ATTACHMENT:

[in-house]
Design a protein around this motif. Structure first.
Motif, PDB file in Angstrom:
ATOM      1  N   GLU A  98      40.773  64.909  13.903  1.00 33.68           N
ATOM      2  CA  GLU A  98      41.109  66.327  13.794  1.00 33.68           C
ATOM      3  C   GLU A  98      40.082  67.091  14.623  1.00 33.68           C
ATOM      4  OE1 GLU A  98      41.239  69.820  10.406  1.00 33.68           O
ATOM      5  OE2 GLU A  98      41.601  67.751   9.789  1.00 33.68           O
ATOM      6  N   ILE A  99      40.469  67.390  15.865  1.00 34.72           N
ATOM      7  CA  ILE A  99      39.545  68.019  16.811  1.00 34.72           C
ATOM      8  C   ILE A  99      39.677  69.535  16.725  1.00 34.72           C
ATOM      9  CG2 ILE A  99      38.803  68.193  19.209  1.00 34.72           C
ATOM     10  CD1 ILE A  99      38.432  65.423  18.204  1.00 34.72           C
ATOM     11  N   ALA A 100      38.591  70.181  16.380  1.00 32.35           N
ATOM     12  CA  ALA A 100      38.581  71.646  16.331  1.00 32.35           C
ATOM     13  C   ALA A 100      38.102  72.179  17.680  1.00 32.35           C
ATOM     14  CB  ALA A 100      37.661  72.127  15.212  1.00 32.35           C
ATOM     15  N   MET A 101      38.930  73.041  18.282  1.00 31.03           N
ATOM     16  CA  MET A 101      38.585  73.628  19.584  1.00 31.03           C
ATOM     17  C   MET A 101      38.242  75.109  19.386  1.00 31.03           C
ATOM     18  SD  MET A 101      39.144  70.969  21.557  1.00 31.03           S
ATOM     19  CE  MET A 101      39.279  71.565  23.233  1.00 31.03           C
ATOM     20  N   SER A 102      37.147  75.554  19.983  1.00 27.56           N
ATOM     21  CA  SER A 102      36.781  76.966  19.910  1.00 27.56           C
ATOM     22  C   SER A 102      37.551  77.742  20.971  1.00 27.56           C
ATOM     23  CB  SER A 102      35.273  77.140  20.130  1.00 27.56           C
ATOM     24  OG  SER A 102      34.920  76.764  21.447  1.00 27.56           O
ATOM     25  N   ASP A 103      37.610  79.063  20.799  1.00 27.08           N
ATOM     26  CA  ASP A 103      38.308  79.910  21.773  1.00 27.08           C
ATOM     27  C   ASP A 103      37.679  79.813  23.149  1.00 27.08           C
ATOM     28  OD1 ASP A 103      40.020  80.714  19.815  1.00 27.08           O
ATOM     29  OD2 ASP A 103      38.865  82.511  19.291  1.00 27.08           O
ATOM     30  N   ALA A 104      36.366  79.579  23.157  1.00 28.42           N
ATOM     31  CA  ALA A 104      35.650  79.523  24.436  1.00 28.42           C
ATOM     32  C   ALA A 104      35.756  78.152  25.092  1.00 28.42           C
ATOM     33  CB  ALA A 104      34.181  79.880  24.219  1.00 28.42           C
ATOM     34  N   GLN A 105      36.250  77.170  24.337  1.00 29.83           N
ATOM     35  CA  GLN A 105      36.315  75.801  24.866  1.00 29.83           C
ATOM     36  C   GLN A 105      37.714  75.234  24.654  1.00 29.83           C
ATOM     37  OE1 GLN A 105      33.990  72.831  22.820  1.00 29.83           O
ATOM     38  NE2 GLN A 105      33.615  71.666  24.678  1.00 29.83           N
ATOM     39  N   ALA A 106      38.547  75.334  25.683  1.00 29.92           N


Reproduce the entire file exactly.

[in-house]
Design a protein around this motif. Structure first.
Motif, PDB file in Angstrom:
ATOM      1  N   GLU A  98      40.773  64.909  13.903  1.00 33.68           N
ATOM      2  CA  GLU A  98      41.109  66.327  13.794  1.00 33.68           C
ATOM      3  C   GLU A  98      40.082  67.091  14.623  1.00 33.68           C
ATOM      4  OE1 GLU A  98      41.239  69.820  10.406  1.00 33.68           O
ATOM      5  OE2 GLU A  98      41.601  67.751   9.789  1.00 33.68           O
ATOM      6  N   ILE A  99      40.469  67.390  15.865  1.00 34.72           N
ATOM      7  CA  ILE A  99      39.545  68.019  16.811  1.00 34.72           C
ATOM      8  C   ILE A  99      39.677  69.535  16.725  1.00 34.72           C
ATOM      9  CG2 ILE A  99      38.803  68.193  19.209  1.00 34.72           C
ATOM     10  CD1 ILE A  99      38.432  65.423  18.204  1.00 34.72           C
ATOM     11  N   ALA A 100      38.591  70.181  16.380  1.00 32.35           N
ATOM     12  CA  ALA A 100      38.581  71.646  16.331  1.00 32.35           C
ATOM     13  C   ALA A 100      38.102  72.179  17.680  1.00 32.35           C
ATOM     14  CB  ALA A 100      37.661  72.127  15.212  1.00 32.35           C
ATOM     15  N   MET A 101      38.930  73.041  18.282  1.00 31.03           N
ATOM     16  CA  MET A 101      38.585  73.628  19.584  1.00 31.03           C
ATOM     17  C   MET A 101      38.242  75.109  19.386  1.00 31.03           C
ATOM     18  SD  MET A 101      39.144  70.969  21.557  1.00 31.03           S
ATOM     19  CE  MET A 101      39.279  71.565  23.233  1.00 31.03           C
ATOM     20  N   SER A 102      37.147  75.554  19.983  1.00 27.56           N
ATOM     21  CA  SER A 102      36.781  76.966  19.910  1.00 27.56           C
ATOM     22  C   SER A 102      37.551  77.742  20.971  1.00 27.56           C
ATOM     23  CB  SER A 102      35.273  77.140  20.130  1.00 27.56           C
ATOM     24  OG  SER A 102      34.920  76.764  21.447  1.00 27.56           O
ATOM     25  N   ASP A 103      37.610  79.063  20.799  1.00 27.08           N
ATOM     26  CA  ASP A 103      38.308  79.910  21.773  1.00 27.08           C
ATOM     27  C   ASP A 103      37.679  79.813  23.149  1.00 27.08           C
ATOM     28  OD1 ASP A 103      40.020  80.714  19.815  1.00 27.08           O
ATOM     29  OD2 ASP A 103      38.865  82.511  19.291  1.00 27.08           O
ATOM     30  N   ALA A 104      36.366  79.579  23.157  1.00 28.42           N
ATOM     31  CA  ALA A 104      35.650  79.523  24.436  1.00 28.42           C
ATOM     32  C   ALA A 104      35.756  78.152  25.092  1.00 28.42           C
ATOM     33  CB  ALA A 104      34.181  79.880  24.219  1.00 28.42           C
ATOM     34  N   GLN A 105      36.250  77.170  24.337  1.00 29.83           N
ATOM     35  CA  GLN A 105      36.315  75.801  24.866  1.00 29.83           C
ATOM     36  C   GLN A 105      37.714  75.234  24.654  1.00 29.83           C
ATOM     37  OE1 GLN A 105      33.990  72.831  22.820  1.00 29.83           O
ATOM     38  NE2 GLN A 105      33.615  71.666  24.678  1.00 29.83           N
ATOM     39  N   ALA A 106      38.547  75.334  25.683  1.00 29.92           N